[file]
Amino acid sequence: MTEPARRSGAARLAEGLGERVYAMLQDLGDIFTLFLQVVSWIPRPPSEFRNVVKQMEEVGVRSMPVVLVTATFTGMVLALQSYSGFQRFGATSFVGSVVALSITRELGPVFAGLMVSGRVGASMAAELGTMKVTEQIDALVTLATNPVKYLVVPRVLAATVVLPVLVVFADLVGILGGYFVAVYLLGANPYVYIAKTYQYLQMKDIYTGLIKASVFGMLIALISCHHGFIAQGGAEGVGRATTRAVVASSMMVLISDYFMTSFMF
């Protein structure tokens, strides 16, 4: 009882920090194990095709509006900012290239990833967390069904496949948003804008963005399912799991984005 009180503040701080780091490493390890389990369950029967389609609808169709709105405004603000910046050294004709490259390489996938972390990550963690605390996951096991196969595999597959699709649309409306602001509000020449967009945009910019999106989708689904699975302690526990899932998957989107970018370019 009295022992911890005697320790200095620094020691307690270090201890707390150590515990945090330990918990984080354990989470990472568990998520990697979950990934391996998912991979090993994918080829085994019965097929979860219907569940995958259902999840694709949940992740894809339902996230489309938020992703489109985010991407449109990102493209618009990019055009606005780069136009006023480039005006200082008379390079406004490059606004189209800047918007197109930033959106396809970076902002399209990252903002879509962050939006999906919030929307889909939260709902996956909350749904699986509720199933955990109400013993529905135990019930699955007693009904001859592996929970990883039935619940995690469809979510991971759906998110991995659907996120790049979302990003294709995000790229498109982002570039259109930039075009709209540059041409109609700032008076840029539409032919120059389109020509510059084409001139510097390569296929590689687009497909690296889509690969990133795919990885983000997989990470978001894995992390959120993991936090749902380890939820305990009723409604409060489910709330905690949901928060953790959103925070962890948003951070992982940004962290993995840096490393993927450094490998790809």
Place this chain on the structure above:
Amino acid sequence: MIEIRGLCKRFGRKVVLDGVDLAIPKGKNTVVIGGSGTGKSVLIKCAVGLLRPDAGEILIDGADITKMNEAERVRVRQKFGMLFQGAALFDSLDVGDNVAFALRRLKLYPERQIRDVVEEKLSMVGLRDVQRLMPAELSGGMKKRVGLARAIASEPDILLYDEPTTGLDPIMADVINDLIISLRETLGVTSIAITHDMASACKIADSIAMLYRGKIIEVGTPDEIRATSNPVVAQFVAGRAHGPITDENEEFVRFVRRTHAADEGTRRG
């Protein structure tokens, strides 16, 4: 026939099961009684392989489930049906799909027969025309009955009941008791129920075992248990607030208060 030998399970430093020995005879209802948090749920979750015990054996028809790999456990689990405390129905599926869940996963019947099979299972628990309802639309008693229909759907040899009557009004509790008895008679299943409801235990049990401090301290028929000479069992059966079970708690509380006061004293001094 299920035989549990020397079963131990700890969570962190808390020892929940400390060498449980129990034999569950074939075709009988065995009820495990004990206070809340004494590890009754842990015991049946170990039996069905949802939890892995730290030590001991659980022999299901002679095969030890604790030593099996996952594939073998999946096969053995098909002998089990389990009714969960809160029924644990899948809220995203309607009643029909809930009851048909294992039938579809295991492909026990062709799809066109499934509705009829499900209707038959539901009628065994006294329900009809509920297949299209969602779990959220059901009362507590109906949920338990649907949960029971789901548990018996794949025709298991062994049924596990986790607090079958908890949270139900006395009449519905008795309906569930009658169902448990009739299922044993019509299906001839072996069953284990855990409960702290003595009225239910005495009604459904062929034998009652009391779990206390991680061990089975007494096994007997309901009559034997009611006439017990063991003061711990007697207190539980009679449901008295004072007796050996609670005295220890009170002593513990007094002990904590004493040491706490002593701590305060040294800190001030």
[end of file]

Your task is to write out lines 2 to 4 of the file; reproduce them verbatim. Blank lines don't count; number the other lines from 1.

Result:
């Protein structure tokens, strides 16, 4: 009882920090194990095709509006900012290239990833967390069904496949948003804008963005399912799991984005 009180503040701080780091490493390890389990369950029967389609609808169709709105405004603000910046050294004709490259390489996938972390990550963690605390996951096991196969595999597959699709649309409306602001509000020449967009945009910019999106989708689904699975302690526990899932998957989107970018370019 009295022992911890005697320790200095620094020691307690270090201890707390150590515990945090330990918990984080354990989470990472568990998520990697979950990934391996998912991979090993994918080829085994019965097929979860219907569940995958259902999840694709949940992740894809339902996230489309938020992703489109985010991407449109990102493209618009990019055009606005780069136009006023480039005006200082008379390079406004490059606004189209800047918007197109930033959106396809970076902002399209990252903002879509962050939006999906919030929307889909939260709902996956909350749904699986509720199933955990109400013993529905135990019930699955007693009904001859592996929970990883039935619940995690469809979510991971759906998110991995659907996120790049979302990003294709995000790229498109982002570039259109930039075009709209540059041409109609700032008076840029539409032919120059389109020509510059084409001139510097390569296929590689687009497909690296889509690969990133795919990885983000997989990470978001894995992390959120993991936090749902380890939820305990009723409604409060489910709330905690949901928060953790959103925070962890948003951070992982940004962290993995840096490393993927450094490998790809």
Place this chain on the structure above:
Amino acid sequence: MIEIRGLCKRFGRKVVLDGVDLAIPKGKNTVVIGGSGTGKSVLIKCAVGLLRPDAGEILIDGADITKMNEAERVRVRQKFGMLFQGAALFDSLDVGDNVAFALRRLKLYPERQIRDVVEEKLSMVGLRDVQRLMPAELSGGMKKRVGLARAIASEPDILLYDEPTTGLDPIMADVINDLIISLRETLGVTSIAITHDMASACKIADSIAMLYRGKIIEVGTPDEIRATSNPVVAQFVAGRAHGPITDENEEFVRFVRRTHAADEGTRRG